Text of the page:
Deborah Kass Retrospective at the Andy Warhol MuseumDeborah Kass, Blue Deb, 2000
Before and Happily Ever After
A mid-career retrospective of paintings by Deborah Kass
On view at the Andy Warhol Museum in Pittsburgh from October 27 to January 6, 2013
Paul Kasmin Gallery is pleased to announce the Andy Warhol Museum will present a mid-career retrospective of paintings by Deborah Kass, whose profound and witty take on art history and popular culture will be assembled at the museum for the first time.
The exhibition, featuring 75 paintings, showcases Kass’s achievements over the course of her three-decade career. These works reflect her painterly finesse, deadpan humor, and canny instinct for incorporating her thoughtful take on themes like fame, power, the history of postwar painting, gender, and ethnicity in cheerful and alluring canvases. Original, beautiful, and sometimes confrontational, her work has defined and often anticipated many of the issues surrounding painting today.
Kass is best known for her provocative, game-changing series of paintings titled “The Warhol Project.” For these works, made between 1992 and 2000, she appropriated the style and content of celebrity portraits by the Pop master—but substituted a contingent of her own heroes, among them Gertrude Stein, Sandy Koufax, and, especially, Barbra Streisand, subject of the “ The Jewish Jackie Series.” Kass’s Warholesque rendering of the entertainer in costume from Yentl, titled “My Elvis,” is a classic example of the artist’s genre-and gender-bending sensibility.
The exhibition also features Kass’s early, dramatic landscapes, as well as her eerie, cheery geometric abstractions, betraying the first hints of her obsession with Pop. Then come “The Art History Paintings,” playful quips on iconic artworks and characters from pop culture. The show concludes with two recent series, “feel good paintings for feel bad times” and “MORE feel good paintings for feel bad times,” which render lyrics borrowed from The Great American Songbook and Broadway musical theater in joyful, saucy hues.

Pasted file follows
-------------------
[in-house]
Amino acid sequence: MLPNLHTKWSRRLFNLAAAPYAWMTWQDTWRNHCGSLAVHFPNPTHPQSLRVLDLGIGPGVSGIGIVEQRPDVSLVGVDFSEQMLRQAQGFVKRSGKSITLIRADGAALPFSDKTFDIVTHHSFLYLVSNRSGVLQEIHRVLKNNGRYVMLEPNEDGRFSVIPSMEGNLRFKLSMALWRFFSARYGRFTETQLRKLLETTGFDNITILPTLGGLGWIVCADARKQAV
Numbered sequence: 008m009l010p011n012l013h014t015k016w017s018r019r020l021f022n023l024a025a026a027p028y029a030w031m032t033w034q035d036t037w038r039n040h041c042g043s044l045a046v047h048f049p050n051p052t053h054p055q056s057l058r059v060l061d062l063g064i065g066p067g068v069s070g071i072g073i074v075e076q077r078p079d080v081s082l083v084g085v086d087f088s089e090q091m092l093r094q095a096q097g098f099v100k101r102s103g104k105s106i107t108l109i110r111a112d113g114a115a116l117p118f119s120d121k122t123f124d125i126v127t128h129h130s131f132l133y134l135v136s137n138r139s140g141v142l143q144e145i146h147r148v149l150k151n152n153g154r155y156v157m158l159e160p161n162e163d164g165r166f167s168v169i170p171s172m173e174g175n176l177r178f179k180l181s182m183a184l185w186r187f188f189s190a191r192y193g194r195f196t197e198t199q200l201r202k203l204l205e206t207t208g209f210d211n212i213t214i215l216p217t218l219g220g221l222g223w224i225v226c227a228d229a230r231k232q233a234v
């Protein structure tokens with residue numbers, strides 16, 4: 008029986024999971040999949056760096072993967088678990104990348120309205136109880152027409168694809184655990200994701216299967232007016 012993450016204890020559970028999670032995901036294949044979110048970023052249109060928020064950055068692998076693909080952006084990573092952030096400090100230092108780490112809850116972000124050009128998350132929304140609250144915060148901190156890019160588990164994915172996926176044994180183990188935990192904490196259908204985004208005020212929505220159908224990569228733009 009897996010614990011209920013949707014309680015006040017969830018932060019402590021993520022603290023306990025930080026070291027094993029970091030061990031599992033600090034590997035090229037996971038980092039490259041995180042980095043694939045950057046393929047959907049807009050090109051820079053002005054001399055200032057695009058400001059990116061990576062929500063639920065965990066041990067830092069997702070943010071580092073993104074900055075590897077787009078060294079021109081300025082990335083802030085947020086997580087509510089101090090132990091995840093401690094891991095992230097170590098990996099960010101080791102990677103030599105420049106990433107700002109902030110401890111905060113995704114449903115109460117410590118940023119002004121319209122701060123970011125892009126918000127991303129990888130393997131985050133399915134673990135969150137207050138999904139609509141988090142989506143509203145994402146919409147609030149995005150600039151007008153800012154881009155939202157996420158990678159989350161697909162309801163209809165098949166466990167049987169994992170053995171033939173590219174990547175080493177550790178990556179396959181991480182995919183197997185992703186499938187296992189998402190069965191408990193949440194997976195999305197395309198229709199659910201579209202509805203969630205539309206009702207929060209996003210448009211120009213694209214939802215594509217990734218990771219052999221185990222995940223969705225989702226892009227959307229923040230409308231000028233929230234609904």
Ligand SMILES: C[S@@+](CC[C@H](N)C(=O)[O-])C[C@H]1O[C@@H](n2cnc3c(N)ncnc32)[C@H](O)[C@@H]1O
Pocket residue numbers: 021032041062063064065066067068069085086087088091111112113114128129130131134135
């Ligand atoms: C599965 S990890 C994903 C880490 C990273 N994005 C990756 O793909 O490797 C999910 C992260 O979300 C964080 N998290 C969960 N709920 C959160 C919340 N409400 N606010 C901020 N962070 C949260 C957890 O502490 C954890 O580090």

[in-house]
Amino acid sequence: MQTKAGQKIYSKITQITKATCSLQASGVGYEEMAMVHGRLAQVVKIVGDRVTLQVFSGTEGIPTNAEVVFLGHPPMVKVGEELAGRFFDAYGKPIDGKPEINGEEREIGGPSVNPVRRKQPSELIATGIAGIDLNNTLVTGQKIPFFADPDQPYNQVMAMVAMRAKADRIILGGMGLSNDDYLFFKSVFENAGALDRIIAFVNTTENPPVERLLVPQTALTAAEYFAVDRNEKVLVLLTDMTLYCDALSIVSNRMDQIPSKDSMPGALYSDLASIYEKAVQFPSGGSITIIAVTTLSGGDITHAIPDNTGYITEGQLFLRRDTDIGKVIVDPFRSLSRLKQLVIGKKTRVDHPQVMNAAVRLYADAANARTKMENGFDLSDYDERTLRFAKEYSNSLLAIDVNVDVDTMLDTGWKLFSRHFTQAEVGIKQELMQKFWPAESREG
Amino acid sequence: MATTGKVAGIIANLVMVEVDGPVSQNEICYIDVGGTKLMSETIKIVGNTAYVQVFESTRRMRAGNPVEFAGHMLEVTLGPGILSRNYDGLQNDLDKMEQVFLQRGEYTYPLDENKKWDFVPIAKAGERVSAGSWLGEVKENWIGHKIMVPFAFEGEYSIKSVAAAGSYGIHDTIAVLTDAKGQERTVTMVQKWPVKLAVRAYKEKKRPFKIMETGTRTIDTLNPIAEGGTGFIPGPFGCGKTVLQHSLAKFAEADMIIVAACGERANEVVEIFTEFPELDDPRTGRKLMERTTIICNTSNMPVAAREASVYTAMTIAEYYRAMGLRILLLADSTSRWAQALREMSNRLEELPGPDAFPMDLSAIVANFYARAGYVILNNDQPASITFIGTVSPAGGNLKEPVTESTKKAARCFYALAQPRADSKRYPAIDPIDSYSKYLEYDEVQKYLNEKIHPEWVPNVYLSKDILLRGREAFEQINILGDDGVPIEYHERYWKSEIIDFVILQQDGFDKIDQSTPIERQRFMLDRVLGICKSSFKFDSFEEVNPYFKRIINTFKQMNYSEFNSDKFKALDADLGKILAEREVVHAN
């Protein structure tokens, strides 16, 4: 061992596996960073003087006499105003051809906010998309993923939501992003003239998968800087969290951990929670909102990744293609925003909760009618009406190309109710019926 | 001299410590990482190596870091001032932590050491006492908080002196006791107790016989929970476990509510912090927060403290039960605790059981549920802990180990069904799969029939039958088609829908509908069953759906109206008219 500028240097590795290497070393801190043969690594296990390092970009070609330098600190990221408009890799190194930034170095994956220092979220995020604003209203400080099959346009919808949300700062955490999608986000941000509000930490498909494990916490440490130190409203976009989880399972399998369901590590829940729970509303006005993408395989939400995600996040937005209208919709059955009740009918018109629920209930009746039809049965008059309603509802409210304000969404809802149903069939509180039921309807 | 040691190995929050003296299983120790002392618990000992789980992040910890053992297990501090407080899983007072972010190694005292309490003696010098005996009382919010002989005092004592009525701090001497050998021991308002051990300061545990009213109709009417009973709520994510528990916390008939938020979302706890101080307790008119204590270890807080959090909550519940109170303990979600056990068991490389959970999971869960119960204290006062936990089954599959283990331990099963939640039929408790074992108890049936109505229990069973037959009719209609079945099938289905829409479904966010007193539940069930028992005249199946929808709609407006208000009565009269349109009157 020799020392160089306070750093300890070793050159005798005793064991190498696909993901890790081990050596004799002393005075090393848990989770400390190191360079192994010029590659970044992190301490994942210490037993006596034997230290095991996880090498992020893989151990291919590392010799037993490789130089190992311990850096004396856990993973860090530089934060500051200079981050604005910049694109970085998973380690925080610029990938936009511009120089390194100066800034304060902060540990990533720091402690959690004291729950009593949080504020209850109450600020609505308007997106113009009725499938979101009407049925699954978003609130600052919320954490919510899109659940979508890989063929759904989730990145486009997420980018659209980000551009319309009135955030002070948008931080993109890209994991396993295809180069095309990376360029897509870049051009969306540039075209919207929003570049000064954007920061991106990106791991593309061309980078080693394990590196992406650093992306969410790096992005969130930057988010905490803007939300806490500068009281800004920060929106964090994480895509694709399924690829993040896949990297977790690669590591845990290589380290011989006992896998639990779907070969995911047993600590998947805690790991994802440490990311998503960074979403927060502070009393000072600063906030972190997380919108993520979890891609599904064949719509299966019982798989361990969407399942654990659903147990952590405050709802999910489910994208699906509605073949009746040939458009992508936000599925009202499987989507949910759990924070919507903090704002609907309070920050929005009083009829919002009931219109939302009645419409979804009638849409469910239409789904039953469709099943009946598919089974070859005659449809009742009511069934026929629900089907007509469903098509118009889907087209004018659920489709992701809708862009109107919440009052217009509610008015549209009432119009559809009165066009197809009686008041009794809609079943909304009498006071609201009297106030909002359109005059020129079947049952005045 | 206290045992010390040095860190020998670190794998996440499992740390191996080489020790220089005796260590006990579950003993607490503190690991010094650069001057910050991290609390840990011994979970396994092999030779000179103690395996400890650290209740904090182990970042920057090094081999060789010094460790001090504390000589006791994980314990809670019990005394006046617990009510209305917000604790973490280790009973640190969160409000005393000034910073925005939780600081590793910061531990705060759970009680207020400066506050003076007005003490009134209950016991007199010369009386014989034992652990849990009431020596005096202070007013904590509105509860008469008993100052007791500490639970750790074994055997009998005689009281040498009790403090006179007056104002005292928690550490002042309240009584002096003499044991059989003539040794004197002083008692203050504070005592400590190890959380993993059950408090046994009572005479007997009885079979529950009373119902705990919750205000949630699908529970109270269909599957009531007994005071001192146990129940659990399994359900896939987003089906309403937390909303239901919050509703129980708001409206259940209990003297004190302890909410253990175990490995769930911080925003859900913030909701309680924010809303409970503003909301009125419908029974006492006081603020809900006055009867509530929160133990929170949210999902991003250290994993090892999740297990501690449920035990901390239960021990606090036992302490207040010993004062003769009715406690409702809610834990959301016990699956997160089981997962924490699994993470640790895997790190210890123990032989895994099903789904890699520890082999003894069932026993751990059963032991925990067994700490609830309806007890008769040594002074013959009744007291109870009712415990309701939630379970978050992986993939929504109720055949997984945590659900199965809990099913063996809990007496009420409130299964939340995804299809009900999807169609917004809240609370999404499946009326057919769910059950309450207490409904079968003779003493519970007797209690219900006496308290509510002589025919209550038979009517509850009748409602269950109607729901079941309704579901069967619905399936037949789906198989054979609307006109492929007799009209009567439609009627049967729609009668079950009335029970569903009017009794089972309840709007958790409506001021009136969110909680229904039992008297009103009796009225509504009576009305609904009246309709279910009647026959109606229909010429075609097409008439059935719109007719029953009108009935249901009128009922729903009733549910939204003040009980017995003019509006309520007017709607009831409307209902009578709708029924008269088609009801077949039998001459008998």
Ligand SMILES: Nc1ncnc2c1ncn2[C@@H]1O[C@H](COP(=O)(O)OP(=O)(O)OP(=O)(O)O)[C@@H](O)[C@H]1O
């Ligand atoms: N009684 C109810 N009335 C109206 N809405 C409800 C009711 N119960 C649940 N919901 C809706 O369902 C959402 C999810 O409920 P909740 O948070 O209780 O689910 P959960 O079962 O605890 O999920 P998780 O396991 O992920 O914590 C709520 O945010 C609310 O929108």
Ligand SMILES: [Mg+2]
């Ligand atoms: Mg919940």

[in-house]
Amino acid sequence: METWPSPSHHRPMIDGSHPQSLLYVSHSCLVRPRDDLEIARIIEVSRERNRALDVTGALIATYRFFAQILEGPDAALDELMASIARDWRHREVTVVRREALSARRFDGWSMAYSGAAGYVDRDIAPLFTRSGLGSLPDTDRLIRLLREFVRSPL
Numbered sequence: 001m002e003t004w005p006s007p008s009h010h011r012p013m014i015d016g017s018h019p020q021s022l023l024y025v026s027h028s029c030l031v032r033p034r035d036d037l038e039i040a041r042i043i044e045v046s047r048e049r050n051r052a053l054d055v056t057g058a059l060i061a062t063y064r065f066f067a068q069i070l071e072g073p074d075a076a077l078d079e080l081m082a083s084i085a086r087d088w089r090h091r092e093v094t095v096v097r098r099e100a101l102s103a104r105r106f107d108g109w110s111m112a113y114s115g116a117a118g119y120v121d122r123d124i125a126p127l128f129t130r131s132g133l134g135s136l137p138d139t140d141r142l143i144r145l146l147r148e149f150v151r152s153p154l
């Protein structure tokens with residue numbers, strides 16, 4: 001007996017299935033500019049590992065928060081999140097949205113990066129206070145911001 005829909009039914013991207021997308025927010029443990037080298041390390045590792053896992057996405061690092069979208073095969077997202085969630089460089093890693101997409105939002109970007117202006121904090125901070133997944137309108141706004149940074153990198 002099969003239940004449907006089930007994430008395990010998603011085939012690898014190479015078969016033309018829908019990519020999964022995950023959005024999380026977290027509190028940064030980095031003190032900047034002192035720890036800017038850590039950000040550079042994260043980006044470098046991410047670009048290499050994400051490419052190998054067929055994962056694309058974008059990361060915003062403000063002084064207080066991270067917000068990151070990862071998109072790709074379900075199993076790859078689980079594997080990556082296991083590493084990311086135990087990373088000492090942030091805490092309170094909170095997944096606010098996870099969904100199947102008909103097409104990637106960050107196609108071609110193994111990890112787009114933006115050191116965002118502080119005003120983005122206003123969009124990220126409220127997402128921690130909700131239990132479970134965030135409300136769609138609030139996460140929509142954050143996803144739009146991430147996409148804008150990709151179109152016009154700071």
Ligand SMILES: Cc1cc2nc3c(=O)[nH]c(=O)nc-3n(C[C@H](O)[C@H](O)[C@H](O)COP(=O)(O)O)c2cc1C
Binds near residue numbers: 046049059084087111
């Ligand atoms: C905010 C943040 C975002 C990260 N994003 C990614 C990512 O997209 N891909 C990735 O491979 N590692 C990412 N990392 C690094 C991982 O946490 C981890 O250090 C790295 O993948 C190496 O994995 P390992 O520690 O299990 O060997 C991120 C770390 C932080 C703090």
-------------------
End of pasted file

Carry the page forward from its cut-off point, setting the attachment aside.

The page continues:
A monograph published by Rizzoli on the occasion of the show includes essays by art historian Irving Sandler, British feminist art historian Griselda Pollock, and filmmaker, provocateur and artist John Waters. Robert Storr, artist, curator and Dean of Yale School of Art, art critics Lisa Liebmann and Brooks Adams, and Eric Shiner, curator and director of the Andy Warhol Museum, are also contributing essays.
Deborah Kass received her BFA in Painting at Carnegie Mellon University, and later studied at the Whitney Museum Independent Study Program and the Art Students’ League. Her work is in the collections of The Museum of Modern Art, The Whitney Museum of Art, The Solomon Guggenheim Museum, The Jewish Museum, The Museum of Fine Art, Boston, The Cincinnati Museum, the New Orleans Museum, The Weatherspoon Museum, as well as numerous public and private collections. She has been featured in many major exhibitions nationally and internationally at venues including the Venice Biennale, the Istanbul Biennale, and the Museum Ludwig, Cologne.
Kass has participated in several recent high-profile traveling exhibitions, including “Hide/Seek,” which originated at the National Portrait Galley in Washington, D.C., and “The Deconstructive Impulse: Women Artists Reconfigure Signs of Power” originating at the Neuberger Museum of Art. Her work is prominently featured in “Regarding Warhol,” a major show examining the influence of Warhol on contemporary art, opening this September at the Metropolitan Museum of Art. Kass will be involved in several public programs related to that exhibition this fall.
She is a Senior Critic in the Yale University M.F.A. Painting Program.
Deborah Kass is represented by Vincent Fremont and the Paul Kasmin Gallery.